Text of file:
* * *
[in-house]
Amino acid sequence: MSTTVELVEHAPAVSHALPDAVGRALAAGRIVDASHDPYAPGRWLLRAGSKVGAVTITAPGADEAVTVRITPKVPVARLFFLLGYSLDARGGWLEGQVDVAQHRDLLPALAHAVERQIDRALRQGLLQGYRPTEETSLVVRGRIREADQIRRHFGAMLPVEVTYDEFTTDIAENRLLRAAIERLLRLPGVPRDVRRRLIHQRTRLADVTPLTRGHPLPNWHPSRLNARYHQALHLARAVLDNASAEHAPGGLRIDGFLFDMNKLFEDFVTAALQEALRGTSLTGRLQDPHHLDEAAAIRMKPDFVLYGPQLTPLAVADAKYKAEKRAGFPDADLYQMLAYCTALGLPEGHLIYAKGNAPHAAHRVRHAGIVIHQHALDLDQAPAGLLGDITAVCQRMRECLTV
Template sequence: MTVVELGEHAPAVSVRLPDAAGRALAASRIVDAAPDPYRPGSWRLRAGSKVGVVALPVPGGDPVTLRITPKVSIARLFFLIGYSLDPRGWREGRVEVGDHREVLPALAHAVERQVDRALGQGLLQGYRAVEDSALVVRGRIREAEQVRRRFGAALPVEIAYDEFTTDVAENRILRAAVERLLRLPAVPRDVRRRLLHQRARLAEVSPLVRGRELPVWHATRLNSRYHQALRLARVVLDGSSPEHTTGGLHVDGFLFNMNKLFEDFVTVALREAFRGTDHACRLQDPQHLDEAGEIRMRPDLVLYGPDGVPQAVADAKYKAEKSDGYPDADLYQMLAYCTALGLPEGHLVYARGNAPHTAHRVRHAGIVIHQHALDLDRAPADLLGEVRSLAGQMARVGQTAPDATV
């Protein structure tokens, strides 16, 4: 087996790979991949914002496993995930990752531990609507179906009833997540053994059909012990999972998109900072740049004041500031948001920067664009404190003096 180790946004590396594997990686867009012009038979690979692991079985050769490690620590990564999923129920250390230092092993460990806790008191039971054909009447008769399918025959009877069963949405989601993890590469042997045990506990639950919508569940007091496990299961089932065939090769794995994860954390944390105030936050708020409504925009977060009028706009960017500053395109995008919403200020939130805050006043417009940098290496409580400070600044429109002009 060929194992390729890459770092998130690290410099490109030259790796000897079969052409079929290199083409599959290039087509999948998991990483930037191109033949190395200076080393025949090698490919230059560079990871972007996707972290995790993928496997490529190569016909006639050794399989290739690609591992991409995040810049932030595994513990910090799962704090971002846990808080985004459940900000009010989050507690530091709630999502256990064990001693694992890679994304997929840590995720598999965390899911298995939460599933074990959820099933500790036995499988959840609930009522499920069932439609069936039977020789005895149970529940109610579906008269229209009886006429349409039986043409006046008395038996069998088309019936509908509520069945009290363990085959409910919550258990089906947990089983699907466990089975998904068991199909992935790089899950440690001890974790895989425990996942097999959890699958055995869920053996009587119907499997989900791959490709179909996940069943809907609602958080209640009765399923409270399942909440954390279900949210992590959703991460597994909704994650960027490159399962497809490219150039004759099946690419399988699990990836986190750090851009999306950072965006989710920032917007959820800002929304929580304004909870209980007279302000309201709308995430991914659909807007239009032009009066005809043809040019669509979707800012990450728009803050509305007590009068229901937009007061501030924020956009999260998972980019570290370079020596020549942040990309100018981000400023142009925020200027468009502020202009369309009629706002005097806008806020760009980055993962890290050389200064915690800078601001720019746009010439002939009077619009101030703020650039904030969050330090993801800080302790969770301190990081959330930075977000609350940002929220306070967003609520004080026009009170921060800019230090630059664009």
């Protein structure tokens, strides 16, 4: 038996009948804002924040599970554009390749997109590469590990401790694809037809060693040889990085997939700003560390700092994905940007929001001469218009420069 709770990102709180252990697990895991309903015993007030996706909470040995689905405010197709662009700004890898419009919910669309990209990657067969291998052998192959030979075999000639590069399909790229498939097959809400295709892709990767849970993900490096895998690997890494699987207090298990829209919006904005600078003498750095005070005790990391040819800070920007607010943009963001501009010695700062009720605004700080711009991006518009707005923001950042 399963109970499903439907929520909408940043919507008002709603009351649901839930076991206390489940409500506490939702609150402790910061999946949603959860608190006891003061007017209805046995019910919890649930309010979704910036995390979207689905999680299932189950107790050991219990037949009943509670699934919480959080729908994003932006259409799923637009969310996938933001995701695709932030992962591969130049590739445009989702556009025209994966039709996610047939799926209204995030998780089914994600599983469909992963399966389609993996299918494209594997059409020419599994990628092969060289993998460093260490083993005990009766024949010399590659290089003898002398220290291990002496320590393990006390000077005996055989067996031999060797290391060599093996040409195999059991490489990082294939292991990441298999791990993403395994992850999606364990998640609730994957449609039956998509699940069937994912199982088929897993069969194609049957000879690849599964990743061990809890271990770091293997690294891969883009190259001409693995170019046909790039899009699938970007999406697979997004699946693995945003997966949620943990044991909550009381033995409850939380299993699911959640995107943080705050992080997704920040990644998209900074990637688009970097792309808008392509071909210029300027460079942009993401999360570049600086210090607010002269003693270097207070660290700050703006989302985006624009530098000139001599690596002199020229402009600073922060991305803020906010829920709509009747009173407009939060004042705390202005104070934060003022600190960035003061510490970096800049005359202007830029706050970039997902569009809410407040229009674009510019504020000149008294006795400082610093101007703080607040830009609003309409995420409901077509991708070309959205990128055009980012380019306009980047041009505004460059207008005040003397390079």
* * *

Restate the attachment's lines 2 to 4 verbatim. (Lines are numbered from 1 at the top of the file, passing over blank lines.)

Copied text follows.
Amino acid sequence: MSTTVELVEHAPAVSHALPDAVGRALAAGRIVDASHDPYAPGRWLLRAGSKVGAVTITAPGADEAVTVRITPKVPVARLFFLLGYSLDARGGWLEGQVDVAQHRDLLPALAHAVERQIDRALRQGLLQGYRPTEETSLVVRGRIREADQIRRHFGAMLPVEVTYDEFTTDIAENRLLRAAIERLLRLPGVPRDVRRRLIHQRTRLADVTPLTRGHPLPNWHPSRLNARYHQALHLARAVLDNASAEHAPGGLRIDGFLFDMNKLFEDFVTAALQEALRGTSLTGRLQDPHHLDEAAAIRMKPDFVLYGPQLTPLAVADAKYKAEKRAGFPDADLYQMLAYCTALGLPEGHLIYAKGNAPHAAHRVRHAGIVIHQHALDLDQAPAGLLGDITAVCQRMRECLTV
Template sequence: MTVVELGEHAPAVSVRLPDAAGRALAASRIVDAAPDPYRPGSWRLRAGSKVGVVALPVPGGDPVTLRITPKVSIARLFFLIGYSLDPRGWREGRVEVGDHREVLPALAHAVERQVDRALGQGLLQGYRAVEDSALVVRGRIREAEQVRRRFGAALPVEIAYDEFTTDVAENRILRAAVERLLRLPAVPRDVRRRLLHQRARLAEVSPLVRGRELPVWHATRLNSRYHQALRLARVVLDGSSPEHTTGGLHVDGFLFNMNKLFEDFVTVALREAFRGTDHACRLQDPQHLDEAGEIRMRPDLVLYGPDGVPQAVADAKYKAEKSDGYPDADLYQMLAYCTALGLPEGHLVYARGNAPHTAHRVRHAGIVIHQHALDLDRAPADLLGEVRSLAGQMARVGQTAPDATV
């Protein structure tokens, strides 16, 4: 087996790979991949914002496993995930990752531990609507179906009833997540053994059909012990999972998109900072740049004041500031948001920067664009404190003096 180790946004590396594997990686867009012009038979690979692991079985050769490690620590990564999923129920250390230092092993460990806790008191039971054909009447008769399918025959009877069963949405989601993890590469042997045990506990639950919508569940007091496990299961089932065939090769794995994860954390944390105030936050708020409504925009977060009028706009960017500053395109995008919403200020939130805050006043417009940098290496409580400070600044429109002009 060929194992390729890459770092998130690290410099490109030259790796000897079969052409079929290199083409599959290039087509999948998991990483930037191109033949190395200076080393025949090698490919230059560079990871972007996707972290995790993928496997490529190569016909006639050794399989290739690609591992991409995040810049932030595994513990910090799962704090971002846990808080985004459940900000009010989050507690530091709630999502256990064990001693694992890679994304997929840590995720598999965390899911298995939460599933074990959820099933500790036995499988959840609930009522499920069932439609069936039977020789005895149970529940109610579906008269229209009886006429349409039986043409006046008395038996069998088309019936509908509520069945009290363990085959409910919550258990089906947990089983699907466990089975998904068991199909992935790089899950440690001890974790895989425990996942097999959890699958055995869920053996009587119907499997989900791959490709179909996940069943809907609602958080209640009765399923409270399942909440954390279900949210992590959703991460597994909704994650960027490159399962497809490219150039004759099946690419399988699990990836986190750090851009999306950072965006989710920032917007959820800002929304929580304004909870209980007279302000309201709308995430991914659909807007239009032009009066005809043809040019669509979707800012990450728009803050509305007590009068229901937009007061501030924020956009999260998972980019570290370079020596020549942040990309100018981000400023142009925020200027468009502020202009369309009629706002005097806008806020760009980055993962890290050389200064915690800078601001720019746009010439002939009077619009101030703020650039904030969050330090993801800080302790969770301190990081959330930075977000609350940002929220306070967003609520004080026009009170921060800019230090630059664009």